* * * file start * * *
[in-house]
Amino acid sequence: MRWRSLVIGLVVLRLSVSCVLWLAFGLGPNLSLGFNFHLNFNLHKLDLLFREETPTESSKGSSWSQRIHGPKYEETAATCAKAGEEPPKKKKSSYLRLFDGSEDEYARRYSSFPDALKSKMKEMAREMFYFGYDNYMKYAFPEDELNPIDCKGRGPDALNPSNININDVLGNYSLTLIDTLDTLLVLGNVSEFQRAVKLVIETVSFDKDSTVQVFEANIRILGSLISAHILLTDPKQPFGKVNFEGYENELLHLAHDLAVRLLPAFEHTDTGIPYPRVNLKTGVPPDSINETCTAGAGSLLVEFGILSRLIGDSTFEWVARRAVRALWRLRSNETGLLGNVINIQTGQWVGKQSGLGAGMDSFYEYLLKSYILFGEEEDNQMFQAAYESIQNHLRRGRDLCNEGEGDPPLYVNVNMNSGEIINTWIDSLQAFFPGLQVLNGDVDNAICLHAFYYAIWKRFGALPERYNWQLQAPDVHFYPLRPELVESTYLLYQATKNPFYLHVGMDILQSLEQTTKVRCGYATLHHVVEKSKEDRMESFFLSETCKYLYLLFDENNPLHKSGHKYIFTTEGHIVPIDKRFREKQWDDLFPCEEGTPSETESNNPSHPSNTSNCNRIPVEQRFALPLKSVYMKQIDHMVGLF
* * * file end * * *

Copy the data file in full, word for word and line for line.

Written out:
[in-house]
Amino acid sequence: MRWRSLVIGLVVLRLSVSCVLWLAFGLGPNLSLGFNFHLNFNLHKLDLLFREETPTESSKGSSWSQRIHGPKYEETAATCAKAGEEPPKKKKSSYLRLFDGSEDEYARRYSSFPDALKSKMKEMAREMFYFGYDNYMKYAFPEDELNPIDCKGRGPDALNPSNININDVLGNYSLTLIDTLDTLLVLGNVSEFQRAVKLVIETVSFDKDSTVQVFEANIRILGSLISAHILLTDPKQPFGKVNFEGYENELLHLAHDLAVRLLPAFEHTDTGIPYPRVNLKTGVPPDSINETCTAGAGSLLVEFGILSRLIGDSTFEWVARRAVRALWRLRSNETGLLGNVINIQTGQWVGKQSGLGAGMDSFYEYLLKSYILFGEEEDNQMFQAAYESIQNHLRRGRDLCNEGEGDPPLYVNVNMNSGEIINTWIDSLQAFFPGLQVLNGDVDNAICLHAFYYAIWKRFGALPERYNWQLQAPDVHFYPLRPELVESTYLLYQATKNPFYLHVGMDILQSLEQTTKVRCGYATLHHVVEKSKEDRMESFFLSETCKYLYLLFDENNPLHKSGHKYIFTTEGHIVPIDKRFREKQWDDLFPCEEGTPSETESNNPSHPSNTSNCNRIPVEQRFALPLKSVYMKQIDHMVGLF